We find this is interesting because stability between gold and wheat over long time periods makes sense. Wheat is not something crowds of people can invest in therefore only rarely does mania or panic influence the gold to wheat ratio.
Big Macs are maybe the least financialized global benchmark item ever tracked by economists. There are no futures contracts. They are no ETFs nor YOLO options, not even a McCoin.
Big Mac delivery is only physical, singular and delicious! We want readers to note that the ratio of gold prices to Big Mac prices is roughly stable from 2005 onwards.
This makes sense because like wheat, hamburgers and gold prices should have a boring stable statistical relationship. In the 2000 until 2005 period this dataset shows the base affect of gold lifting off a generational low of US$250 per ounce.
Gold to oil is depicted in the final chart. From 1985 until today we can see neither item has had the upper hand for long, no trend exists. This makes total sense of a very long period because although both are important to the economy, each serves a valid economic purpose which the other cannot perform.
The closing sentence of the above paragraph is a clever tease for next week’s blog. Until then please ponder this question: if stocks and housing serve a valid economic purpose just like oil does, and none can perform the job of another via substitution. Then why have stocks and houses trended against gold, yet Big Macs, wheat, and oil have not?
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The Federal Reserve’s Federal Open Market Committee (FOMC) meeting commenced yesterday and will conclude on Thursday.
It will conclude with their most current monetary policy statement as well as a press conference with Fed Chairman Jerome Powell.
Many analysts believe that the meeting will be broadly neutral but will be watchful eye for a new covid wave.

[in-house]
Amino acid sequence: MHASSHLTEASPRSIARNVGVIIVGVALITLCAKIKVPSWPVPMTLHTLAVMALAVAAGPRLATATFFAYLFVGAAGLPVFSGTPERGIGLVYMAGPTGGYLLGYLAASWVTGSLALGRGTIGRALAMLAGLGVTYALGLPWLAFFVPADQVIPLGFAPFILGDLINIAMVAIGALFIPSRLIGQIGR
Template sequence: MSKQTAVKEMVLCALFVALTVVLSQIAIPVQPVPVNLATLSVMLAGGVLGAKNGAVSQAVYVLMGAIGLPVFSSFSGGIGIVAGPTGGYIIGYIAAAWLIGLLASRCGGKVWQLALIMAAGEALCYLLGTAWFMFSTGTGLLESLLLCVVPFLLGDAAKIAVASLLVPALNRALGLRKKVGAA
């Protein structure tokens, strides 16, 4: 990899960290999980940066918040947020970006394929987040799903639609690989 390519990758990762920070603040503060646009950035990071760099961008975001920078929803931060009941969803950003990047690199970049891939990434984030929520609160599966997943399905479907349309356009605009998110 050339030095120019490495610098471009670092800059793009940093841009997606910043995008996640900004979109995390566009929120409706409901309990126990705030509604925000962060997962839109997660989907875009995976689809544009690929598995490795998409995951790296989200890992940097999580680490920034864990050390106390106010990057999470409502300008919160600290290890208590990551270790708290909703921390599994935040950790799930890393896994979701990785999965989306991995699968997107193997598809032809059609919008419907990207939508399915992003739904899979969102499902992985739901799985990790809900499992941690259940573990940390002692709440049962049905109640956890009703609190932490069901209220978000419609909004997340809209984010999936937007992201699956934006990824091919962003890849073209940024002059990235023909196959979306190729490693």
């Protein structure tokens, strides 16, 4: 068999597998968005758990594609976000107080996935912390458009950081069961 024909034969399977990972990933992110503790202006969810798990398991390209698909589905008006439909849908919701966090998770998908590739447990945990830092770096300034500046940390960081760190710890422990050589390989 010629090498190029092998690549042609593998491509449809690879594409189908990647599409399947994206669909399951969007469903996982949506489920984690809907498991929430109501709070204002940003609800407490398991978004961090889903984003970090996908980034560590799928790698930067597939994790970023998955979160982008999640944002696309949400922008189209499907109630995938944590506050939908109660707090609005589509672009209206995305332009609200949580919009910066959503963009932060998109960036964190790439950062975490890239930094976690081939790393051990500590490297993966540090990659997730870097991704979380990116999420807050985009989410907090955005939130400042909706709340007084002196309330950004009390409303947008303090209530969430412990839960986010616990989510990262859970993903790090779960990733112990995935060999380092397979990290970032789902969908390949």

What will be interesting to observe is how they word and view any upside inflation risks, Powell up until now has dismissed higher inflation as transitory.
Tappering will also be discussed but we are unlikely at this time to get any further details in terms of policy or timing.
Meanwhile current monthly asset purchases of $120 billion continue.
Many analysts believe that to continue to purchase mortgage-backed securities in an already extremely heated housing market is unneeded.
Gold is still in a tight trading range but this morning is trading above its 200 day moving average.
Silver sold of heavily on Tuesday but has bounced nicely this morning to $25.50 to erase those losses earlier in the week.
A quote that caught our attention this week from the late Richard Russel (Dow Theory Letters), ‘A bull market is a bull. It tries to throw off its riders.”
After all the frustrating price action of late, nothing has changed, we are still in a bull market and the trick is to stay on that bull!
GOLD PRICES (USD, GBP & EUR – AM/ PM LBMA Fix)
28-07-2021 1799.30 1796.60 1296.04 1297.15 1522.03 1524.24
27-07-2021 1797.15 1800.35 1302.75 1302.91 1525.06 1524.00
26-07-2021 1808.15 1800.20 1311.63 1302.80 1533.13 1524.77
23-07-2021 1803.05 1799.60 1313.34 1308.67 1532.77 1529.84
22-07-2021 1797.40 1799.45 1308.51 1307.12 1523.84 1523.05
21-07-2021 1805.90 1802.15 1324.81 1317.73 1533.75 1529.30
20-07-2021 1815.30 1823.05 1328.26 1339.21 1538.47 1549.77
19-07-2021 1803.25 1814.90 1314.03 1322.88 1531.32 1535.04
16-07-2021 1822.00 1824.30 1316.03 1321.89 1541.96 1545.73
15-07-2021 1832.00 1823.75 1323.80 1316.75 1546.21 1543.44